The information below is being provided as a seasonal update on RSV prophylaxis by William J. Cashore, M.D., Associate Chief of Pediatrics at W&I and Professor of Pediatrics at the Warren Alpert Medical School of Brown University.
As before, we consider the RSV "season" to last from November through March. Annual changes in weather patterns and viral strains may affect the actual onset and duration of the "season". For your convenience, I will summarize current AAP recommendations for RSV prophylaxis:
- Infants less than one year old with hemodynamically significant congenital heart disease. (Some infants over a year old with chronic congestive heart failure may benefit from a second season of prophylaxis.)
- Infants of 29-32 weeks gestation and less than six months old.
- Infants of 28 weeks gestation or less, who are less than one year old as of November, 2008.
- Infants with severe chronic lung disease of prematurity (any gestational age), less than one year old, and requiring therapy for their BPD within the past six months.
- Extremely low birth weight infants over one year of age, but requiring active treatment for bronchopulmonary dysplasia during the past six months, may benefit from a second season of prophylaxis.
- The AAP recommends a 5-dose course beginning in November and ending in March. Our Division of Pediatric Infectious Diseases concurs with this recommendation.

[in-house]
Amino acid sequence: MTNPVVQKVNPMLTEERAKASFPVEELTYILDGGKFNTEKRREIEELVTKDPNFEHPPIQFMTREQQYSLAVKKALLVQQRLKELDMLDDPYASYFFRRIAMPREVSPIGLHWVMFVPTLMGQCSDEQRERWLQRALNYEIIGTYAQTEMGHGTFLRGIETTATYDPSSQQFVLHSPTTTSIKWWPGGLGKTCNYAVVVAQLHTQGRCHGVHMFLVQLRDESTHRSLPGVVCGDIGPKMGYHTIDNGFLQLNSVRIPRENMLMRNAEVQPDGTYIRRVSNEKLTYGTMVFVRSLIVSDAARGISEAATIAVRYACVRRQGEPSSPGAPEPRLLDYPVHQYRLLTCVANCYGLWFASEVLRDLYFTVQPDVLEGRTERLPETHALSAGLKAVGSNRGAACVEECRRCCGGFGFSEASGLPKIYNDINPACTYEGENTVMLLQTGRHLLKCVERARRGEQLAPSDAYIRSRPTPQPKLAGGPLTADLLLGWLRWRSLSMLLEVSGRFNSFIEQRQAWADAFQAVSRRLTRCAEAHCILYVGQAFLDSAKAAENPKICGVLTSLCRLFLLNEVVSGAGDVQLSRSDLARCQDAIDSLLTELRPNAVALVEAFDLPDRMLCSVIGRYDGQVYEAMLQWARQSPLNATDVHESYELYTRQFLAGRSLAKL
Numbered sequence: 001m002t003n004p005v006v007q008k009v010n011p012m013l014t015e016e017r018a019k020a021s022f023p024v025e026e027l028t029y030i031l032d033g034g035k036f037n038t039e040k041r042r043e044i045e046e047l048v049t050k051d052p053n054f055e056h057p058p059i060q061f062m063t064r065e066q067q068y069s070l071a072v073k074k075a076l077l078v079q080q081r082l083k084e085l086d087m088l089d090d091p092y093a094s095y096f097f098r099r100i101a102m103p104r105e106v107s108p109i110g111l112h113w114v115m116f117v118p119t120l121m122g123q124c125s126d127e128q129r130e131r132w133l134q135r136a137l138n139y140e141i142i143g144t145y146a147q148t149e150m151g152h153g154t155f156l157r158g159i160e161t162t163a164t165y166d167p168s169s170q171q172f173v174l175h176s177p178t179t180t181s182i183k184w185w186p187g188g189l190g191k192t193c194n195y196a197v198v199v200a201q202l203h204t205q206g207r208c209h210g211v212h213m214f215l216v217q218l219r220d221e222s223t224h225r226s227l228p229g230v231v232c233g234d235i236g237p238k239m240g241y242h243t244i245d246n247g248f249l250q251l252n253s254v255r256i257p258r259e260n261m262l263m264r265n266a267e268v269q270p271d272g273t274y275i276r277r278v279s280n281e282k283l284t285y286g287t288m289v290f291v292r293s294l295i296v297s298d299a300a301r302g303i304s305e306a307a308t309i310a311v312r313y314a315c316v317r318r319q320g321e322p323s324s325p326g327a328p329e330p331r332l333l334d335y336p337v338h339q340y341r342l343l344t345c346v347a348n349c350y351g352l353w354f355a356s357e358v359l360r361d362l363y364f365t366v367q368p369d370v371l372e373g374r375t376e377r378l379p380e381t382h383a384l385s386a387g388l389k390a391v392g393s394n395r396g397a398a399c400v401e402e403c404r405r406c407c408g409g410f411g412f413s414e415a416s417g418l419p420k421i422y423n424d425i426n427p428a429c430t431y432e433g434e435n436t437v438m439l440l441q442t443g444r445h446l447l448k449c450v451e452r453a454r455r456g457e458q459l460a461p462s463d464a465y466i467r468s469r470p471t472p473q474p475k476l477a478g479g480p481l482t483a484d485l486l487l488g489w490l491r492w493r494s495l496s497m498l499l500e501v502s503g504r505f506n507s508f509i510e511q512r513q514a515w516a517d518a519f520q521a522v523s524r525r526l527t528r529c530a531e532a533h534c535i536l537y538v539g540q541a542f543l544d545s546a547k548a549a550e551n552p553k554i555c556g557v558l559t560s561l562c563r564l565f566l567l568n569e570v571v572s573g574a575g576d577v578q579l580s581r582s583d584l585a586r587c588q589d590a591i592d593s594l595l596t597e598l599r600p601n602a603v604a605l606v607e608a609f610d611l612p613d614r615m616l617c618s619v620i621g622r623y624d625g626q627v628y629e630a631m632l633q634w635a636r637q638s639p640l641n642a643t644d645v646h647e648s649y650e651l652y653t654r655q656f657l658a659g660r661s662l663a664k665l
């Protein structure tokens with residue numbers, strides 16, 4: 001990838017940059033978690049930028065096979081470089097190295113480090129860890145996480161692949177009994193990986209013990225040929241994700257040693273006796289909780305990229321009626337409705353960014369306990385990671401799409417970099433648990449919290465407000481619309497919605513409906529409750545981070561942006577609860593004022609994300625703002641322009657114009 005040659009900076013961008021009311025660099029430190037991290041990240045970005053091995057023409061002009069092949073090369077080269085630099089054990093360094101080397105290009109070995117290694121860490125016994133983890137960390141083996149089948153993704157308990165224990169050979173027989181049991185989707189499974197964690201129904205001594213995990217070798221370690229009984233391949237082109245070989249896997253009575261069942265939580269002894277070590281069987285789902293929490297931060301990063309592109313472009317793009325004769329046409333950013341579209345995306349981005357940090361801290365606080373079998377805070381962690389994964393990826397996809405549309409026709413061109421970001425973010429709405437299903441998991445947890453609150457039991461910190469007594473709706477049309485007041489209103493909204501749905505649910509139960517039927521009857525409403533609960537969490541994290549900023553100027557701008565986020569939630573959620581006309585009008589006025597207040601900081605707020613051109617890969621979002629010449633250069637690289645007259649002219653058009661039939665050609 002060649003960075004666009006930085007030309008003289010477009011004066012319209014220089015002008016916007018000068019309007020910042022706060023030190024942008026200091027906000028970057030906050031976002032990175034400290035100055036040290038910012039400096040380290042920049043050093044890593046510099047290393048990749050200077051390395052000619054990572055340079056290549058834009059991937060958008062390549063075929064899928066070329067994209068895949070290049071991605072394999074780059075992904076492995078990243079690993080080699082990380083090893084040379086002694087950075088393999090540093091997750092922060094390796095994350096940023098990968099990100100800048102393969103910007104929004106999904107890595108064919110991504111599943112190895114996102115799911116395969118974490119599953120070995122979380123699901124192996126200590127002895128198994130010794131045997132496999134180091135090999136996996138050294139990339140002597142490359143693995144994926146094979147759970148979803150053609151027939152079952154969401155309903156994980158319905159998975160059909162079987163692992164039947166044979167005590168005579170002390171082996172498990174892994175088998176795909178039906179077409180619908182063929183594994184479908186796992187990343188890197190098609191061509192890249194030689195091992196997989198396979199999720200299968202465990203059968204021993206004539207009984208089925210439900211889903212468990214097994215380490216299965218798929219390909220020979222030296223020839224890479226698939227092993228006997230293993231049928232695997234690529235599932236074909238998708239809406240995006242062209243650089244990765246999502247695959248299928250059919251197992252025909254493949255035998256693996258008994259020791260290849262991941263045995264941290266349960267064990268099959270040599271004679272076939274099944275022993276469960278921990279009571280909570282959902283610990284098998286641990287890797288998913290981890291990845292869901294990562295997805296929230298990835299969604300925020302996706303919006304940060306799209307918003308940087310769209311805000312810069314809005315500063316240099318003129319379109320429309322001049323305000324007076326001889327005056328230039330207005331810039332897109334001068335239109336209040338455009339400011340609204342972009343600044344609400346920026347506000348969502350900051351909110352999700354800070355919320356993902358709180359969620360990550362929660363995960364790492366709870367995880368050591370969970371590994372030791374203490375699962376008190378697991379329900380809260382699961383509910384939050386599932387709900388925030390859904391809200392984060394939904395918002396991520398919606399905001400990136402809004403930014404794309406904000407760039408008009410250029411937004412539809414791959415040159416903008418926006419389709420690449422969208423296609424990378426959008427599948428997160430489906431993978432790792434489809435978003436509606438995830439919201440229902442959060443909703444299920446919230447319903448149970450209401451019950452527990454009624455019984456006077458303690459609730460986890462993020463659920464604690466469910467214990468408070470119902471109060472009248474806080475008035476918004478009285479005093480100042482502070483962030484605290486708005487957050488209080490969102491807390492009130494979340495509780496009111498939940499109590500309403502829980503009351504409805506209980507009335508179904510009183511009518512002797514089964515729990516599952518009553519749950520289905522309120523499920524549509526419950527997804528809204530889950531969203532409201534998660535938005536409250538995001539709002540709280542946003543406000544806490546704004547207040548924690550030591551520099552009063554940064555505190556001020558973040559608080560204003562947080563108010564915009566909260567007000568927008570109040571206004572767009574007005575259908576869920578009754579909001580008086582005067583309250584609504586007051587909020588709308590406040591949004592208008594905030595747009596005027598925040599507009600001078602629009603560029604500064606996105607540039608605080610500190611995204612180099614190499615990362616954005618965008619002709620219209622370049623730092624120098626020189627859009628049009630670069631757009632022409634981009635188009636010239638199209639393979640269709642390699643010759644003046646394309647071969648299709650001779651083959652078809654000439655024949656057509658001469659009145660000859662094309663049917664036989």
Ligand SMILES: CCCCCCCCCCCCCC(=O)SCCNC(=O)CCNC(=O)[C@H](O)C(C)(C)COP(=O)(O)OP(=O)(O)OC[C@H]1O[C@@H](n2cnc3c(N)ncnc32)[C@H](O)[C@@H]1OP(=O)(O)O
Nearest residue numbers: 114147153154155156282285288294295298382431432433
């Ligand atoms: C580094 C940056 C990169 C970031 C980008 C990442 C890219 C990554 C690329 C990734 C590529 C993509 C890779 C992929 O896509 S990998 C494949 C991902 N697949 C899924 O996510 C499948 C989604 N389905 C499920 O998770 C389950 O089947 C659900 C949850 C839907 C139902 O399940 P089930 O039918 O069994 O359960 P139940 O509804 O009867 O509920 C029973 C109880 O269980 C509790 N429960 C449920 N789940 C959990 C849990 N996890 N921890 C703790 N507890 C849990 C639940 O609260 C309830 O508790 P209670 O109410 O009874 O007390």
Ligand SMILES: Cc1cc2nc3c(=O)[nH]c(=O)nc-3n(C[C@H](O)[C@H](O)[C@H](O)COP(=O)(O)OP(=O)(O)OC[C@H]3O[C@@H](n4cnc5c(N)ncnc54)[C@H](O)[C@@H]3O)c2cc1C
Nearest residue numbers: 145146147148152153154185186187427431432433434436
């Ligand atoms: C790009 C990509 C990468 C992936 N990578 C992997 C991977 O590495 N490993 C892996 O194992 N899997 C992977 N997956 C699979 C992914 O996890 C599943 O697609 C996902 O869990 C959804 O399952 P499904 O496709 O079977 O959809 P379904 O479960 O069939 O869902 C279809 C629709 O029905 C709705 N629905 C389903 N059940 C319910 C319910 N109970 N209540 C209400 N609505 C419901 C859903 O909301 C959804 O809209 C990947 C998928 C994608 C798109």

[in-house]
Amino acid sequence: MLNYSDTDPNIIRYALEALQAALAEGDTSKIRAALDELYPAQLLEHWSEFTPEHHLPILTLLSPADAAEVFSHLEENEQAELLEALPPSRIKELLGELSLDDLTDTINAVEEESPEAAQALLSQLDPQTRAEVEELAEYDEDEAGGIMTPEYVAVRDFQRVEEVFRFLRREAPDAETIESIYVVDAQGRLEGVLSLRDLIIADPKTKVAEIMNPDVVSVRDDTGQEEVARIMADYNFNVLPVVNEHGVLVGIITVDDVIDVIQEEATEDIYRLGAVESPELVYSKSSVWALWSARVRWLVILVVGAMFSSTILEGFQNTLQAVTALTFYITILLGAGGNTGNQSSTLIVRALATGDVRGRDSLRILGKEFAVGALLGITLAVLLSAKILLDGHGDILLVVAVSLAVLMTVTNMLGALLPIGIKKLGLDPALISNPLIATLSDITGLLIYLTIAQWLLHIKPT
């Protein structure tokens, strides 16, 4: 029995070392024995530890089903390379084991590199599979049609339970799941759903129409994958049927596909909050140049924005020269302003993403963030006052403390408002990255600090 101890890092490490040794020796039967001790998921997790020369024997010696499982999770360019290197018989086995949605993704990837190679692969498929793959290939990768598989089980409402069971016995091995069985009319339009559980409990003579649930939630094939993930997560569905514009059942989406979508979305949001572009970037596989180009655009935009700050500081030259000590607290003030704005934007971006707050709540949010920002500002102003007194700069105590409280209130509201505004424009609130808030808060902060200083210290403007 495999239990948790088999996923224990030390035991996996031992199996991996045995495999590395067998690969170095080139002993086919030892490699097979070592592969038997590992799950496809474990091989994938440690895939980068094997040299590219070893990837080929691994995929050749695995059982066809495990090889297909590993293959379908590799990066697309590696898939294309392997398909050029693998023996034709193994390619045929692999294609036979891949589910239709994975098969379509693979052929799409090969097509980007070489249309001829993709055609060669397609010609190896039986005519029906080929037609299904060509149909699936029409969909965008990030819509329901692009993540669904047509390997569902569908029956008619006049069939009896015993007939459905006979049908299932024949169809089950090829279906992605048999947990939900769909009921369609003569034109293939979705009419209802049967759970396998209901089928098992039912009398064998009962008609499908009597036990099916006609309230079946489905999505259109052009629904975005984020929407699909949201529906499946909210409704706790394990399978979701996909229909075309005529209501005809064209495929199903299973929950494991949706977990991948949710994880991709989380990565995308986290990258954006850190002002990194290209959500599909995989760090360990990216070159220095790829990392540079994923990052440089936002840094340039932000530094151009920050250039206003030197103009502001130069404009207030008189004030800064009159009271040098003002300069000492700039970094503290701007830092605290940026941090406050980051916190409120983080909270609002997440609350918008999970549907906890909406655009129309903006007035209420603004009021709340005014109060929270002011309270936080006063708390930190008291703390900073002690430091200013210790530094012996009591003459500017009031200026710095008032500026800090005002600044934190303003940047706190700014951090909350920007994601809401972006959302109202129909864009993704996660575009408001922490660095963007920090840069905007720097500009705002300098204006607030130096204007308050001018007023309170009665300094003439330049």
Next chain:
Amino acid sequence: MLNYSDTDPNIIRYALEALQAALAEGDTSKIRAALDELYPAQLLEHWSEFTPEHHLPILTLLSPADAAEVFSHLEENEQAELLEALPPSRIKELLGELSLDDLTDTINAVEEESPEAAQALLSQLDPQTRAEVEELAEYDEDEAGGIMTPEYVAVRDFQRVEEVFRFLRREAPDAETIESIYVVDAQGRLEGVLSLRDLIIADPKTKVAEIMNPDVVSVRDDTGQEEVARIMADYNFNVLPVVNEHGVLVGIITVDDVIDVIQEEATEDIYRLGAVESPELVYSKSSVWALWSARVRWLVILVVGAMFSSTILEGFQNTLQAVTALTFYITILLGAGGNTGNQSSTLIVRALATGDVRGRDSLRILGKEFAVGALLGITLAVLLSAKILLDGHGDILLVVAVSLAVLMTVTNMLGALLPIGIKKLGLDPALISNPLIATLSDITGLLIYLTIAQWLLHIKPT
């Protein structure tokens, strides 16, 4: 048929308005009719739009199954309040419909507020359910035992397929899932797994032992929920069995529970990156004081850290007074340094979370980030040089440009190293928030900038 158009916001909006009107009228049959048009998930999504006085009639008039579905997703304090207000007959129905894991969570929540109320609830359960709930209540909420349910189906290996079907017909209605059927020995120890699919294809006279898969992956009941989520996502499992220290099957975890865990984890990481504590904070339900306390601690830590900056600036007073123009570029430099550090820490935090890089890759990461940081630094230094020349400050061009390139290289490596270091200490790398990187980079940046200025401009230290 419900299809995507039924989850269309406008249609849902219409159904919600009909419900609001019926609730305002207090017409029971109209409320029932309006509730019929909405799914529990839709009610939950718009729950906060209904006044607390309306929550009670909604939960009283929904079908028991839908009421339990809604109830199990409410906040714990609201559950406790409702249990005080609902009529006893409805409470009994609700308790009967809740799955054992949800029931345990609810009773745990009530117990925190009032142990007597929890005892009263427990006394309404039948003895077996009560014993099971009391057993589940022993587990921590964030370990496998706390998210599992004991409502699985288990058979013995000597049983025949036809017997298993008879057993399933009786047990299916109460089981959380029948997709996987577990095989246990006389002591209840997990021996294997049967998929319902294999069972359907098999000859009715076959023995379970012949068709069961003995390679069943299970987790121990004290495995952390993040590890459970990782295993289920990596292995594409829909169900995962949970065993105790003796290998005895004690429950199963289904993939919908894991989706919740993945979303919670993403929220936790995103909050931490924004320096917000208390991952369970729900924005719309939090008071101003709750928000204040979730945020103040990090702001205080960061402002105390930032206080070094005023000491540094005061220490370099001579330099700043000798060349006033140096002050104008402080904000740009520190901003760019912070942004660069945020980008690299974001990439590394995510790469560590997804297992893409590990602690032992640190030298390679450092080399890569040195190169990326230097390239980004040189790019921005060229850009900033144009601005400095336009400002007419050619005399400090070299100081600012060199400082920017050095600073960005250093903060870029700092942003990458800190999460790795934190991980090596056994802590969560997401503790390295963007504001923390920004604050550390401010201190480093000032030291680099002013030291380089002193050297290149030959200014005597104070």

Children with allergic airway disease, but not chronic lung disease of prematurity, are not likely to benefit from monoclonal antibody RSV prophylaxis. The benefits of prophylaxis for infants with cystic fibrosis have also not been established.
Additional information about eligibility and seasonal scheduling for RSV prophylaxis can be found on the AAP's web site.
Beginning in November, we shall initiate RSV prophylaxis in the Special Care Nursery as a first dose prior to discharge for infants of 32 weeks gestation or less, expected to go home between November and March. For these infants, we shall try to notify you at time of discharge of their treatment eligibility and the date of their first dose. We shall not routinely give an inpatient dose to otherwise low-risk infants of 33 to 35 weeks.
At present, we do not have resources at Women & Infants' Hospital of RI for out-patient prophylaxis in our discharged patients. We have had an excellent response from several home-care and pharmacy services in the community.
For current information about the eligibility or initial prophylaxis of Special Care Nursery patients, please feel free to contact our Special Care Nursery case managers at 401-274-1122, Ext. 1835.
I hope you will find this information helpful. I remain available for questions about the medical status of individual patients. However, our office staff here is not able to make direct arrangements for appointments or out-patient follow up.
Thank you for your help with this important undertaking.